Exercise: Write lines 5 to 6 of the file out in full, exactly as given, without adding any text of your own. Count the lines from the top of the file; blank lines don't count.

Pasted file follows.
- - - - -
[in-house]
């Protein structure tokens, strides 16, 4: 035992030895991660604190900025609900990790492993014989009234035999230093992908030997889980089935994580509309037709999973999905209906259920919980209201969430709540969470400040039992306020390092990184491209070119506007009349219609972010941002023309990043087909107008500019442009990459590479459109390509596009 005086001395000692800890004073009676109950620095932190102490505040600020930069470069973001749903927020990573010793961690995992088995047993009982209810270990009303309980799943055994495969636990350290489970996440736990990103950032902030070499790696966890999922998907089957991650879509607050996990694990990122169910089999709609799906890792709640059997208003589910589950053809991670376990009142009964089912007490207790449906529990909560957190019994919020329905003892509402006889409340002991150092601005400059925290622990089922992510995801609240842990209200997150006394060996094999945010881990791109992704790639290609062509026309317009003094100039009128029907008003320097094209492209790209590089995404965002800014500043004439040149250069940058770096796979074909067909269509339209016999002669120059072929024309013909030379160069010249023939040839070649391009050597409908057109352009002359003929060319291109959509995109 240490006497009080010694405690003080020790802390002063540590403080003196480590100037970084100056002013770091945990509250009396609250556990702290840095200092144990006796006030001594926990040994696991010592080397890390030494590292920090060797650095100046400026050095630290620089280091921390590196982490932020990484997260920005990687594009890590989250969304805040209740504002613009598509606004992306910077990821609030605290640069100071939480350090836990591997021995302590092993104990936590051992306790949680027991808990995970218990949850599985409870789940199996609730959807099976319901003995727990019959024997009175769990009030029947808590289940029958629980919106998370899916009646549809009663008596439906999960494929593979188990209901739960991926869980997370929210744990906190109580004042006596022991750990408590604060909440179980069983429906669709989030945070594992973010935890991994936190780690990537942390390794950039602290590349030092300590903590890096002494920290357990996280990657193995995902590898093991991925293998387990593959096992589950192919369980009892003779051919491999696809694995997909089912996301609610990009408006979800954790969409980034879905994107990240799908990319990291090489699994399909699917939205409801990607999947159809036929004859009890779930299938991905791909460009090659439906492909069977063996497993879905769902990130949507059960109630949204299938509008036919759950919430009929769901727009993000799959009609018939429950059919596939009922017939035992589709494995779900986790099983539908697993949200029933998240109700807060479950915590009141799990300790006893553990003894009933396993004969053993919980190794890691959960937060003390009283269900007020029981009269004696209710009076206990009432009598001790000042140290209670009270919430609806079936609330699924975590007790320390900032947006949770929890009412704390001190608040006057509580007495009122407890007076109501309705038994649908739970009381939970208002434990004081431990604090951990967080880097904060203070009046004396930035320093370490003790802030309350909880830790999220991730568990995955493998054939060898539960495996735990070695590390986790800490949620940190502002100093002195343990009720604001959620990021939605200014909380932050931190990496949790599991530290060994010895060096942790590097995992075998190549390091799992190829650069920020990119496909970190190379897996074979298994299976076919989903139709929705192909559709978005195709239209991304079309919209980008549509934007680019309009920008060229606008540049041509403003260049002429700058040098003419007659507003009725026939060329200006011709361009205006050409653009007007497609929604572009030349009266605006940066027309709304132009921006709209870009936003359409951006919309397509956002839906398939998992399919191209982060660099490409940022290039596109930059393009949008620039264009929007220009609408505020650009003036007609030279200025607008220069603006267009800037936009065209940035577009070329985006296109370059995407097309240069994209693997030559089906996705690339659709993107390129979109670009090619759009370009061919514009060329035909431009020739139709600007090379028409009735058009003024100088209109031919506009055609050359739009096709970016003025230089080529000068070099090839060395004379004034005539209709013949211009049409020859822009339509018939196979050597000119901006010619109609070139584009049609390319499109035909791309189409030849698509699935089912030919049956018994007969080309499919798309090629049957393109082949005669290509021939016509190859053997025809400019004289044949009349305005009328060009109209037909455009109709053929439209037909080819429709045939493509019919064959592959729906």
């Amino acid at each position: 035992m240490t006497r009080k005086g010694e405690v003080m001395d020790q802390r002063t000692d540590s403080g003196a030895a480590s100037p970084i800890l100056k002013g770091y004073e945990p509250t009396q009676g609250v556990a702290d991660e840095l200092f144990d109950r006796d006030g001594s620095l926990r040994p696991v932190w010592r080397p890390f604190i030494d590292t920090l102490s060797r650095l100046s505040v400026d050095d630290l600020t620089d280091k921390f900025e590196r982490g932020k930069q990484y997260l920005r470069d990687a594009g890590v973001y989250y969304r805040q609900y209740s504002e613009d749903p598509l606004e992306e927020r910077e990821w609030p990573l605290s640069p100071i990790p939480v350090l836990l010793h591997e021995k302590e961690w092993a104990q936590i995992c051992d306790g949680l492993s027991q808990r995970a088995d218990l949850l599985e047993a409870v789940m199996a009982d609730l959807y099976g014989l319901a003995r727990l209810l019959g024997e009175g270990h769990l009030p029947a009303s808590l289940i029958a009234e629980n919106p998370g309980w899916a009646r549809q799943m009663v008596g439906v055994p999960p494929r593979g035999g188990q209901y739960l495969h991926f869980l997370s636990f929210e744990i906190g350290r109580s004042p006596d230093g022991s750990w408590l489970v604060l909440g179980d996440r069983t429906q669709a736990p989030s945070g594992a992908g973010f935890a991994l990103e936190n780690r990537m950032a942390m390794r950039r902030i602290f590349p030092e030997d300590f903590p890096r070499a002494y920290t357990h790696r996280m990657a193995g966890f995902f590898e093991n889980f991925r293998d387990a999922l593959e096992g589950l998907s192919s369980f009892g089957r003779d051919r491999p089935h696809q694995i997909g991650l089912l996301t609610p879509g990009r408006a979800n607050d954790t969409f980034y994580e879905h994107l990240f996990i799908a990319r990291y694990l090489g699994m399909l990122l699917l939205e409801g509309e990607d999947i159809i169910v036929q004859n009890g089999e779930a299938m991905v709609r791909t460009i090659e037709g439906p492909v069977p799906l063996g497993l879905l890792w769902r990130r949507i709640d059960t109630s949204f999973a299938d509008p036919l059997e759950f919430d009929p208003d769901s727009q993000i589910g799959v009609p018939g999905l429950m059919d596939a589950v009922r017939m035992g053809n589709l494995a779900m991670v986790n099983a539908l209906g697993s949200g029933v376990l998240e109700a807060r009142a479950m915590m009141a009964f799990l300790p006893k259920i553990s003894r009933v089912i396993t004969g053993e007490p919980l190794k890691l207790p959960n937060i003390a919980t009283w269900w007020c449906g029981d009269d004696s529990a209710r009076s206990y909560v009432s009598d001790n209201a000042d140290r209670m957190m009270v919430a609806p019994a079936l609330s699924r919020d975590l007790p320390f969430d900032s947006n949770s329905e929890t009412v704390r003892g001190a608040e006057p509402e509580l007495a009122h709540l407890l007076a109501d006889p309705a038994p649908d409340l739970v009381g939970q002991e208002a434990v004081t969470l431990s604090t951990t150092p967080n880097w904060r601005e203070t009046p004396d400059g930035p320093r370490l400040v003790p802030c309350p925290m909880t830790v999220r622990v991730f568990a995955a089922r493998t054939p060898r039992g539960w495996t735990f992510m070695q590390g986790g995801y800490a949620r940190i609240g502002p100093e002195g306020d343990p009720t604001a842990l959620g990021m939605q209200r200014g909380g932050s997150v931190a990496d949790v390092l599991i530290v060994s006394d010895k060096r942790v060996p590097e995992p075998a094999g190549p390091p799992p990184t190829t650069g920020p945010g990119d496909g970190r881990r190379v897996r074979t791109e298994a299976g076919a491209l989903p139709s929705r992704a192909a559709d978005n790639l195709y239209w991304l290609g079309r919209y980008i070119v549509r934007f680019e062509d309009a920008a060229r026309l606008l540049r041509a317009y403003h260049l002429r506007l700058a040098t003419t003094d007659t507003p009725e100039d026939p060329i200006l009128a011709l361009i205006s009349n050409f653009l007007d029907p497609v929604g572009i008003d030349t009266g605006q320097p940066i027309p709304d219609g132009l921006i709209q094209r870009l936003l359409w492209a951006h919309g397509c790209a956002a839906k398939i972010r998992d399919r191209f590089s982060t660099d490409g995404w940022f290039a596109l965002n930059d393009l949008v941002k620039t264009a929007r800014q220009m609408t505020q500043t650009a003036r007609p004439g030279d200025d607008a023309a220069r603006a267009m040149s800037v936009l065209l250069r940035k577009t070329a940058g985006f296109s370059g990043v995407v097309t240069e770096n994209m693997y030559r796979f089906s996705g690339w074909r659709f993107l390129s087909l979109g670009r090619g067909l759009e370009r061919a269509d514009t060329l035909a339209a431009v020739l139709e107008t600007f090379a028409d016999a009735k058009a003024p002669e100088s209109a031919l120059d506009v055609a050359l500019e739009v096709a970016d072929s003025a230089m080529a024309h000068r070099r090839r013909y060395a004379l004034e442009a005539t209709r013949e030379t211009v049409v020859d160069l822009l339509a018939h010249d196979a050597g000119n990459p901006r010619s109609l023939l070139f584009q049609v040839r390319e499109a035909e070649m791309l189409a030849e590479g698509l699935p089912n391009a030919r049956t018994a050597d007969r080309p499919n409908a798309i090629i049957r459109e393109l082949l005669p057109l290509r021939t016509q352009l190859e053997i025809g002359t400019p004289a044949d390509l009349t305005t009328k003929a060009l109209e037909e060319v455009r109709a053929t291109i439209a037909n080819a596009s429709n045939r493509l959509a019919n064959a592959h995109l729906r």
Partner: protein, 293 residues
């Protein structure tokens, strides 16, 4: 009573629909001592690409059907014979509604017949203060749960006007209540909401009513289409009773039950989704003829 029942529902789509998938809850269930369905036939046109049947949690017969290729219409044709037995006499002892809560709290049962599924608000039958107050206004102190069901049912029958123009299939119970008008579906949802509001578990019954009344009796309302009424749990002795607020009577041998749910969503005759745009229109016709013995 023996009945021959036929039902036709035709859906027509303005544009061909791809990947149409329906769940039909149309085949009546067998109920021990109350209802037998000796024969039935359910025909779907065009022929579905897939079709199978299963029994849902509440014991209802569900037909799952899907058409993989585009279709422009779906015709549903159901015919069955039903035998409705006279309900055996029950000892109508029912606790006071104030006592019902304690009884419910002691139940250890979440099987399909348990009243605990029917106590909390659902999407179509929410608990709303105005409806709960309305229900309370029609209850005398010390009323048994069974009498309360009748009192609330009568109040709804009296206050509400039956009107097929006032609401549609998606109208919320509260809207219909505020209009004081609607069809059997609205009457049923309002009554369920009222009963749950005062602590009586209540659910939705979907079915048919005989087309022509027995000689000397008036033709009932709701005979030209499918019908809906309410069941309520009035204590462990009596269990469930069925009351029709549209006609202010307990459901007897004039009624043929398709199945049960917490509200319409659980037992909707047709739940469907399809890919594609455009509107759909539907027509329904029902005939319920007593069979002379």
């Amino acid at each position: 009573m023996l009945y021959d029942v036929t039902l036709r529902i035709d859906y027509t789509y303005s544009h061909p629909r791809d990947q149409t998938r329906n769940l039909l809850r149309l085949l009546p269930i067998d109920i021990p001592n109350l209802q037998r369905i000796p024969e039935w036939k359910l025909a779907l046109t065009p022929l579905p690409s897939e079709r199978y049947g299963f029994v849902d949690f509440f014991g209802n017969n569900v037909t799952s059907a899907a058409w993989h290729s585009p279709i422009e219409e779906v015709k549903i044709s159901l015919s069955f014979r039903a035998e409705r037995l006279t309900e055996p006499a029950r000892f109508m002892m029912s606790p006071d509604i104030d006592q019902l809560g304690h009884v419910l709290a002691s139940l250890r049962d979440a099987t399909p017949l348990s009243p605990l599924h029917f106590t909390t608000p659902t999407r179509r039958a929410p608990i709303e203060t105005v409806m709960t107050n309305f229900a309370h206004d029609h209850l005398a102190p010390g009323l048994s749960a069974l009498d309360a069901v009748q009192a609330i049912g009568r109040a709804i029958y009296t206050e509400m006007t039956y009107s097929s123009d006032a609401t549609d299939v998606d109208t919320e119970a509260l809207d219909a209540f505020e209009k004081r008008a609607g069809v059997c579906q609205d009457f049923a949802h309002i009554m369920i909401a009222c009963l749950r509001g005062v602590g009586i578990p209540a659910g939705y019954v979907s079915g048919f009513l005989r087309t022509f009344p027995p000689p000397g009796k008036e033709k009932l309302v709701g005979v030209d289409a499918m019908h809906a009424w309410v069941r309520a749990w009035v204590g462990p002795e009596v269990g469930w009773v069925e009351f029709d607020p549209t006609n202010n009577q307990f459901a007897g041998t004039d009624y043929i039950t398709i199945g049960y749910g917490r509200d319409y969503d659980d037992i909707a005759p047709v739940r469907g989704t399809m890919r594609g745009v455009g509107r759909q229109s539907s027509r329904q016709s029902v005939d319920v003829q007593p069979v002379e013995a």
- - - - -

């Protein structure tokens, strides 16, 4: 009573629909001592690409059907014979509604017949203060749960006007209540909401009513289409009773039950989704003829 029942529902789509998938809850269930369905036939046109049947949690017969290729219409044709037995006499002892809560709290049962599924608000039958107050206004102190069901049912029958123009299939119970008008579906949802509001578990019954009344009796309302009424749990002795607020009577041998749910969503005759745009229109016709013995 023996009945021959036929039902036709035709859906027509303005544009061909791809990947149409329906769940039909149309085949009546067998109920021990109350209802037998000796024969039935359910025909779907065009022929579905897939079709199978299963029994849902509440014991209802569900037909799952899907058409993989585009279709422009779906015709549903159901015919069955039903035998409705006279309900055996029950000892109508029912606790006071104030006592019902304690009884419910002691139940250890979440099987399909348990009243605990029917106590909390659902999407179509929410608990709303105005409806709960309305229900309370029609209850005398010390009323048994069974009498309360009748009192609330009568109040709804009296206050509400039956009107097929006032609401549609998606109208919320509260809207219909505020209009004081609607069809059997609205009457049923309002009554369920009222009963749950005062602590009586209540659910939705979907079915048919005989087309022509027995000689000397008036033709009932709701005979030209499918019908809906309410069941309520009035204590462990009596269990469930069925009351029709549209006609202010307990459901007897004039009624043929398709199945049960917490509200319409659980037992909707047709739940469907399809890919594609455009509107759909539907027509329904029902005939319920007593069979002379």
């Amino acid at each position: 009573m023996l009945y021959d029942v036929t039902l036709r529902i035709d859906y027509t789509y303005s544009h061909p629909r791809d990947q149409t998938r329906n769940l039909l809850r149309l085949l009546p269930i067998d109920i021990p001592n109350l209802q037998r369905i000796p024969e039935w036939k359910l025909a779907l046109t065009p022929l579905p690409s897939e079709r199978y049947g299963f029994v849902d949690f509440f014991g209802n017969n569900v037909t799952s059907a899907a058409w993989h290729s585009p279709i422009e219409e779906v015709k549903i044709s159901l015919s069955f014979r039903a035998e409705r037995l006279t309900e055996p006499a029950r000892f109508m002892m029912s606790p006071d509604i104030d006592q019902l809560g304690h009884v419910l709290a002691s139940l250890r049962d979440a099987t399909p017949l348990s009243p605990l599924h029917f106590t909390t608000p659902t999407r179509r039958a929410p608990i709303e203060t105005v409806m709960t107050n309305f229900a309370h206004d029609h209850l005398a102190p010390g009323l048994s749960a069974l009498d309360a069901v009748q009192a609330i049912g009568r109040a709804i029958y009296t206050e509400m006007t039956y009107s097929s123009d006032a609401t549609d299939v998606d109208t919320e119970a509260l809207d219909a209540f505020e209009k004081r008008a609607g069809v059997c579906q609205d009457f049923a949802h309002i009554m369920i909401a009222c009963l749950r509001g005062v602590g009586i578990p209540a659910g939705y019954v979907s079915g048919f009513l005989r087309t022509f009344p027995p000689p000397g009796k008036e033709k009932l309302v709701g005979v030209d289409a499918m019908h809906a009424w309410v069941r309520a749990w009035v204590g462990p002795e009596v269990g469930w009773v069925e009351f029709d607020p549209t006609n202010n009577q307990f459901a007897g041998t004039d009624y043929i039950t398709i199945g049960y749910g917490r509200d319409y969503d659980d037992i909707a005759p047709v739940r469907g989704t399809m890919r594609g745009v455009g509107r759909q229109s539907s027509r329904q016709s029902v005939d319920v003829q007593p069979v002379e013995a």